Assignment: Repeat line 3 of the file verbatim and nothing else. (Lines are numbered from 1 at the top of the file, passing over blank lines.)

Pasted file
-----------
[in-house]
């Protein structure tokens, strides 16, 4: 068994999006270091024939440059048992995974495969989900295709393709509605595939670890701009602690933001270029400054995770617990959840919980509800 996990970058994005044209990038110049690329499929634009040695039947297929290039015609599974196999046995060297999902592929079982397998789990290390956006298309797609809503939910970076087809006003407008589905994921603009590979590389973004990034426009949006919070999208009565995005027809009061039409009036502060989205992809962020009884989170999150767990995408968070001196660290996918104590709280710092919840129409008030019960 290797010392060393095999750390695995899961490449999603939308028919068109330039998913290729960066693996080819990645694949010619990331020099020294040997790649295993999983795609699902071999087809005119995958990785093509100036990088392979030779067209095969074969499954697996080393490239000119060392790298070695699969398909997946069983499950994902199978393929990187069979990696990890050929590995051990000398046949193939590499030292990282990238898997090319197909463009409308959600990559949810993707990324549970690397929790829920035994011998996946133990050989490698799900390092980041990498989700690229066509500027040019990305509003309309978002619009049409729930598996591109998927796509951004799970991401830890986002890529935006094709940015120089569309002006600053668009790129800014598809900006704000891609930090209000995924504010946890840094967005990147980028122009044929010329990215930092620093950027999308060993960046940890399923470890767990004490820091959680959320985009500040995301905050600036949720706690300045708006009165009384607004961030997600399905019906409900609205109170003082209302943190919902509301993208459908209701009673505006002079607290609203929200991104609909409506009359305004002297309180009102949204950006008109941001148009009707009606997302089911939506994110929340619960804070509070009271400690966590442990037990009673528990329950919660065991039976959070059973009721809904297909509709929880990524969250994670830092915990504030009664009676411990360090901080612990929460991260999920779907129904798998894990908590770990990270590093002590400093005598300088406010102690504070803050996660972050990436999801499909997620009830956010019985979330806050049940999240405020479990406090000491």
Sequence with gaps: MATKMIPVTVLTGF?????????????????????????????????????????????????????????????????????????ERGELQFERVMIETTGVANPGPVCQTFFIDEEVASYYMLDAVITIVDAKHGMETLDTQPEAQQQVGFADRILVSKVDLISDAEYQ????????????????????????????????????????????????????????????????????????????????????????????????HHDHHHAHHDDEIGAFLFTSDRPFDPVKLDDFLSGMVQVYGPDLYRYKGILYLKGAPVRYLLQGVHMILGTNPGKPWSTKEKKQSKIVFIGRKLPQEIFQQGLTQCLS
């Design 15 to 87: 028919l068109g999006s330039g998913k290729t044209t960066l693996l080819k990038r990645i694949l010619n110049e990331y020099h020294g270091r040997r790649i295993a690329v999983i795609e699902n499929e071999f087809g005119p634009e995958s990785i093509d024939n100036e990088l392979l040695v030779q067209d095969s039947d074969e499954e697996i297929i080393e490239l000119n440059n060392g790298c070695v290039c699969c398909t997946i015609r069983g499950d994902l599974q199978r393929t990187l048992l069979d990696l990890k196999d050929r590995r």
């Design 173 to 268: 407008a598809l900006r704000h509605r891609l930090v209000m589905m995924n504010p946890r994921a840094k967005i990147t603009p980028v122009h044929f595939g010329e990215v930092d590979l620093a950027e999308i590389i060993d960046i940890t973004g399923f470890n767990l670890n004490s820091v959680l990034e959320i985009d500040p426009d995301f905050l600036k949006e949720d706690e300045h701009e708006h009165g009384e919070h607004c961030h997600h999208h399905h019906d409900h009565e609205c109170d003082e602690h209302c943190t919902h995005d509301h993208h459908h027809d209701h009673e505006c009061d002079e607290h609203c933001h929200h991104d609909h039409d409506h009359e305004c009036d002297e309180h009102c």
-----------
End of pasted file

Sequence with gaps: MATKMIPVTVLTGF?????????????????????????????????????????????????????????????????????????ERGELQFERVMIETTGVANPGPVCQTFFIDEEVASYYMLDAVITIVDAKHGMETLDTQPEAQQQVGFADRILVSKVDLISDAEYQ????????????????????????????????????????????????????????????????????????????????????????????????HHDHHHAHHDDEIGAFLFTSDRPFDPVKLDDFLSGMVQVYGPDLYRYKGILYLKGAPVRYLLQGVHMILGTNPGKPWSTKEKKQSKIVFIGRKLPQEIFQQGLTQCLS